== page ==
"There's around 50,000 properties throughout Queensland every year that would be available on the market as either a rental property or a property being sold, had stamp duty been abolished.

"It's one of the most archaic taxes that we have in this country and if N. S. W can look into this and consider the transition, why can't Queensland?"

In addition REIQ is also pushing for established housing purchases to receive the first home buyer's grant to open up the market so it caters to more price points.

"If the first home buyer's grant was opened up to established housing, you could go and look at homes valued around the $300,000 range and that may be more within your price range to transition from a renter to home owner," Mr Björksäter-Bleylock said.

"With such historic interest rates at the moment it would mean that you could be spending less servicing a mortgage as a home owner than you would be renting.

"The one thing that is happening with these really tight vacancies and is evident in Bundaberg is that rental prices are being artificially pushed up because of market conditions but once more rental stock hits the market prices will start to come back down.

A spokesman for the Department of Communities and Housing said the Queensland Government is pursuing a range of initiatives to increase the stock of social and affordable homes across the state.

"Through the Housing Construction Jobs Program (HCJP), we are building more than 5500 social and affordable homes across Queensland between 2017 and 2027," the spokesman said.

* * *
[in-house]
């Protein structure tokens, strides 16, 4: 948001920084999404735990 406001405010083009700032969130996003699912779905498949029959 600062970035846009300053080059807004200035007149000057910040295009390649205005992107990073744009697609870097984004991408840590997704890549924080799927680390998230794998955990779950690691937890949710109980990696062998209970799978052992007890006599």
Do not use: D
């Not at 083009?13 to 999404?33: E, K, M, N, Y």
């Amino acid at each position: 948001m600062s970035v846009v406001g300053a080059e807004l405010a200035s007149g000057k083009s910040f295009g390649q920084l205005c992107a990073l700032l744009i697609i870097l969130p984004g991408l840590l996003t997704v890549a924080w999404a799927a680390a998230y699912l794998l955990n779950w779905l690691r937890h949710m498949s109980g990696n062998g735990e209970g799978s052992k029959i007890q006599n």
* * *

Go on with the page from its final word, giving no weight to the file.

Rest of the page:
"This includes an investment of $25 million to complete 56 new social homes in the Wide Bay Burnett region by 2022 - 14 of which have already been completed.

"Building on the success of the HCJP, we launched the Works For Tradies initiative in June 2020 (which) across Queensland will support the jobs of about 240 construction workers and see the commencement of an additional 215 homes by the end of 2021 with 24 of those in Wide Bay."

The spokesman said the State Government takes a person-centred approach to housing needs and provides options to assist Queenslanders in accessing sustainable housing.

"The Department provides various forms of assistance including Bond Loans, Rental Grants and head-leasing services to support Queenslanders experiencing housing stress to maintain tenancies in the private rental market," he said.

"We encourage anyone experiencing homelessness or at risk of homelessness to immediately contact their nearest Housing Service Centre (HSC) for support."

If you require housing assistance the Bundaberg HSC site is at 16 Quay St and you can phone 1800 809 835 or 4331 7900.

 

REIQ's tips for Bundaberg tenants looking to find a home:

  • Widen your search to include more suburbs. While this may mean more travel time, it may also prove to be more affordable.
  • Rent a share house with one or two flat mates or rent a room in someone else's house temporarily.
  • Contact holiday home and Airbnb listings to see if the landlord would consider a fixed-term lease for six to 12 months.
  • Build a positive relationship with your property manager and explain the urgency of your needs and what you're looking for in a rental. They may contact you directly with properties that suit your specific needs if they don't reach the market.